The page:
April 9, 1982

Correlates of Homosexual Behavior and the Incidence of Anal Cancer

Author Affiliations

From the Program in Epidemiology and Biostatistics, Fred Hutchinson Cancer Research Center (Drs Daling and Weiss), and the Department of Epidemiology, the University of Washington (Drs Daling and Weiss, Ms Chow and Mr Daifuku), Seattle; and the Washington State Department of Social and Health Services, Health Services Division, Venereal Disease Program, Olympia, Wash (Mr Klopfenstein and Ms Cochran).

JAMA. 1982;247(14):1988-1990. doi:10.1001/jama.1982.03320390050042

To determine whether characteristics that are correlated with male homosexual behavior are associated with the incidence of cancer, the names of persons with a diagnosis of cancer in western Washington during 1974 to 1979 were linked to those in the state syphilis registry. Eight of 47 men with anal cancer were found to have had a reactive FTA test result; the expected number, based on the proportion of reactive cases among men with other sites of cancer, was only 0.40. Among men with anal cancer identified through ten population-based cancer-reporting systems in the United States, 24.4% had never been married, compared with 7.8% of men with colon and rectal cancer. Neither of these relationships was observed for women with anal cancer. Because in men, but not in women, having had syphilis and being single are associated with the practice of anal intercourse, our data suggest that anal intercourse may be a risk factor for anal cancer.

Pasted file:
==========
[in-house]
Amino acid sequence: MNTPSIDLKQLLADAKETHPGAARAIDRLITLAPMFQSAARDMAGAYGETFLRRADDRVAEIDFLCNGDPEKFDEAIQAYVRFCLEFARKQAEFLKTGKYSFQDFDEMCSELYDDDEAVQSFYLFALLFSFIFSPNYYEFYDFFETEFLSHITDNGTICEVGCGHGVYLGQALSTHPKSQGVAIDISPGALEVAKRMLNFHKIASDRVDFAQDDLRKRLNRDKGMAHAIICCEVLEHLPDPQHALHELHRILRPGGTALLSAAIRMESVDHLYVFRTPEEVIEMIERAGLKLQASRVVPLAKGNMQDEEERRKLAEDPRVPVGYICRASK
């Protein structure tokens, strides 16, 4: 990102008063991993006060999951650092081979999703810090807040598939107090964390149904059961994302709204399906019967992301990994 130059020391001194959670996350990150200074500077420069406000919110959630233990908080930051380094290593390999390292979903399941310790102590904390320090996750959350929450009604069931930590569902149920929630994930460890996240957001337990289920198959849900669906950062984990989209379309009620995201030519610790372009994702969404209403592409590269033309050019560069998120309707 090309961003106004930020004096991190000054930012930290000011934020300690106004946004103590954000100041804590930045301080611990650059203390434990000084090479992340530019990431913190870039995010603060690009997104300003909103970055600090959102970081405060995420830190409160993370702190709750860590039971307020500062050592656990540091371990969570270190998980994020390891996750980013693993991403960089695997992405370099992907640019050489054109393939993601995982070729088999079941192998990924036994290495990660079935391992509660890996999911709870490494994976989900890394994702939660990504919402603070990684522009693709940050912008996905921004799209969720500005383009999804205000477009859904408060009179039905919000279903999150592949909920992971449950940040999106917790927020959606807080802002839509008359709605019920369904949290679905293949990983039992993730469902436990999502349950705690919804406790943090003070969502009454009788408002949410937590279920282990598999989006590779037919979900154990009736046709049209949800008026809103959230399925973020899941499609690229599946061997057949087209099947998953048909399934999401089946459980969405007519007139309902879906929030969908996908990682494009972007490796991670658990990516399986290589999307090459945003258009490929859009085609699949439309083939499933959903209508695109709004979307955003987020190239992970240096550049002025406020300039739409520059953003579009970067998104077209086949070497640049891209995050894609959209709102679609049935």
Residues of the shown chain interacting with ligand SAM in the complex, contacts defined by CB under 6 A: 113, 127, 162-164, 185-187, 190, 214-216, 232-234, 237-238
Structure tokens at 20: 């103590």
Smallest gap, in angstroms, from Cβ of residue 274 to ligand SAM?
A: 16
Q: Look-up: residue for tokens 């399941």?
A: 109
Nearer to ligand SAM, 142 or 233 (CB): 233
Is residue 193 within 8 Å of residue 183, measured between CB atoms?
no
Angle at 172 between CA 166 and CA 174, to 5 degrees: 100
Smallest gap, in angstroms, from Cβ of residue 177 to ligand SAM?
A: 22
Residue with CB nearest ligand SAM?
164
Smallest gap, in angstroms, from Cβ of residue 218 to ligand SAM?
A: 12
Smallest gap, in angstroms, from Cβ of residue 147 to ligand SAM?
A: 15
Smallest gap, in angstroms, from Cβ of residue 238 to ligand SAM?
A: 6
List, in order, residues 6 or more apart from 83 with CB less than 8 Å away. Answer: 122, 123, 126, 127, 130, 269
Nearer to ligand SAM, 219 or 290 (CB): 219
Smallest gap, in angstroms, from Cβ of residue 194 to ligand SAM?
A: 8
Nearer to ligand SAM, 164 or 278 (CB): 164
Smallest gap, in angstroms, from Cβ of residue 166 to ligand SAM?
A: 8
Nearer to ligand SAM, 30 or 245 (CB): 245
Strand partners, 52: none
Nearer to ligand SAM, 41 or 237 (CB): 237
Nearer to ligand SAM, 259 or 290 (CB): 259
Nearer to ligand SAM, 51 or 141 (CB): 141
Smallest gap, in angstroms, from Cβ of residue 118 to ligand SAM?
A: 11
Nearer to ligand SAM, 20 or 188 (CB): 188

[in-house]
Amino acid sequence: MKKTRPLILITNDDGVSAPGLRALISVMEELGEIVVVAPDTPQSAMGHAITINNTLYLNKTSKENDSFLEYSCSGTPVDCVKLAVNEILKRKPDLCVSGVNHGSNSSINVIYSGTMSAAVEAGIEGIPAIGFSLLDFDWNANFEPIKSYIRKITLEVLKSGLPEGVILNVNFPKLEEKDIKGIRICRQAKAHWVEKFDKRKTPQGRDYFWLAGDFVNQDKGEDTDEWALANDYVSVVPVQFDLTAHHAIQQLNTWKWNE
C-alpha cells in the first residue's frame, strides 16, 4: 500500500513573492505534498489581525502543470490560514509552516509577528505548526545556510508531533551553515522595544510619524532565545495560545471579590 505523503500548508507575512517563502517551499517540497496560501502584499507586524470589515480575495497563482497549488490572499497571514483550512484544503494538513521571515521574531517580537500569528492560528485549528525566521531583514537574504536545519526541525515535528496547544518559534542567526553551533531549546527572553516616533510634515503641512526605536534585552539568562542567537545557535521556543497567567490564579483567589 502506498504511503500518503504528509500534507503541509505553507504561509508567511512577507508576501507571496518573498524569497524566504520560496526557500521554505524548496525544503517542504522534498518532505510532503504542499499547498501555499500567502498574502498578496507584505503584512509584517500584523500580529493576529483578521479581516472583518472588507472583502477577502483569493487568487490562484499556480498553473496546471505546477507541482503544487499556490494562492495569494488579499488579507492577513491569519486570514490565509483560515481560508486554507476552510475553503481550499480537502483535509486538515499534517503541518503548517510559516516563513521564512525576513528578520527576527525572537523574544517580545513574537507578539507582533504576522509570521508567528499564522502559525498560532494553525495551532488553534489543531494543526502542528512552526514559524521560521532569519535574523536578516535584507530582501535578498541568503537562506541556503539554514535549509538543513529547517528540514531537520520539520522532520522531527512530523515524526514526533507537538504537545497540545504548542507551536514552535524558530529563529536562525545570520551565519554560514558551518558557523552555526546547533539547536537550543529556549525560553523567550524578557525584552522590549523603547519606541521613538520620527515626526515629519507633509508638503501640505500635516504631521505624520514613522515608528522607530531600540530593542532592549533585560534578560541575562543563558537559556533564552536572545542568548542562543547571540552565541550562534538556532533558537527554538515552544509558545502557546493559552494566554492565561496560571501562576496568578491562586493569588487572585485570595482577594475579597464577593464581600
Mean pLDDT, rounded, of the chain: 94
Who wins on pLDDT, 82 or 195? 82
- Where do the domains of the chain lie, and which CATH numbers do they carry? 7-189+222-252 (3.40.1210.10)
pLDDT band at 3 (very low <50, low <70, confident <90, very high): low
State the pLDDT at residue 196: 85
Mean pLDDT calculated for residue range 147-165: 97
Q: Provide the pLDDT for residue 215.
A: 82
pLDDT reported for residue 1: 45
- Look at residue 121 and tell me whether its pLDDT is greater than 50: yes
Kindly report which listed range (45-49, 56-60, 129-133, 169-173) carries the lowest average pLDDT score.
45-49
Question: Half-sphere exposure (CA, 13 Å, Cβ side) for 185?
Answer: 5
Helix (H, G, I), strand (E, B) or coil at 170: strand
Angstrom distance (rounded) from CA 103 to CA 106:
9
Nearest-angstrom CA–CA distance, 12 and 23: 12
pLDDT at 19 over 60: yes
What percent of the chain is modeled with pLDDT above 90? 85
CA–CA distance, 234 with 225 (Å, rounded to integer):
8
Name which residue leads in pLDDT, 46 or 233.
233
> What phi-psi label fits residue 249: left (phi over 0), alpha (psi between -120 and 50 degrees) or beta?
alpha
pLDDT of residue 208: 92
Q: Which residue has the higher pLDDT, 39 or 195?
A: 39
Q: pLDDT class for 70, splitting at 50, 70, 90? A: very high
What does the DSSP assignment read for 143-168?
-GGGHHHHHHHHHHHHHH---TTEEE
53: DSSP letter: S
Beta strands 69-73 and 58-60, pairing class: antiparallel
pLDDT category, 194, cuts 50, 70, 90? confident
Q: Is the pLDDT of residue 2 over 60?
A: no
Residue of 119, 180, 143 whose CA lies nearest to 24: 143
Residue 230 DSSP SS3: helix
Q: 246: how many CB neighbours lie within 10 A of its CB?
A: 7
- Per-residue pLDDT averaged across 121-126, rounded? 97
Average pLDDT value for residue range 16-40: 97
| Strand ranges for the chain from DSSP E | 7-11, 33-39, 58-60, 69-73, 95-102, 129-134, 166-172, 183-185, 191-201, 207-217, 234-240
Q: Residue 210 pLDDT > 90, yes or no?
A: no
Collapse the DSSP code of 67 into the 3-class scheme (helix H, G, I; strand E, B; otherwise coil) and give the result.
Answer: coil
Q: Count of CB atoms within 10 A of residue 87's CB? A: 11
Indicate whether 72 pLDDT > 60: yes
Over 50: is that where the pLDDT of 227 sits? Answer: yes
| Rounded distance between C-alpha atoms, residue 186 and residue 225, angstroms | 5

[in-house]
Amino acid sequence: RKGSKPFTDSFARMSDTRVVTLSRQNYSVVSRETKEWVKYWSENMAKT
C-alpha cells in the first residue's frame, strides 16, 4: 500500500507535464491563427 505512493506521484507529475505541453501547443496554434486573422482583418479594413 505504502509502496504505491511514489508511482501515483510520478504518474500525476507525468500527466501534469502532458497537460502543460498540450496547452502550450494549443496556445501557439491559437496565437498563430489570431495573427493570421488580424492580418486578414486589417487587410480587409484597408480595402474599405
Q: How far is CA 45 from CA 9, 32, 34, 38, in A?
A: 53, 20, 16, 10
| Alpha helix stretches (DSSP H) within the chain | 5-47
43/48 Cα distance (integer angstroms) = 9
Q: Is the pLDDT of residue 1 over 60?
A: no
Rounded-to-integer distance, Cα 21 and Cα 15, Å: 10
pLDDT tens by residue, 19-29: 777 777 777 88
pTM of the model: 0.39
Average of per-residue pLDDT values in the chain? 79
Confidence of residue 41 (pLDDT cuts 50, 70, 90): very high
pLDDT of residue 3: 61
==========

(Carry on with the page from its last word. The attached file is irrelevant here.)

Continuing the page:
(JAMA 1982;247:1988-1990)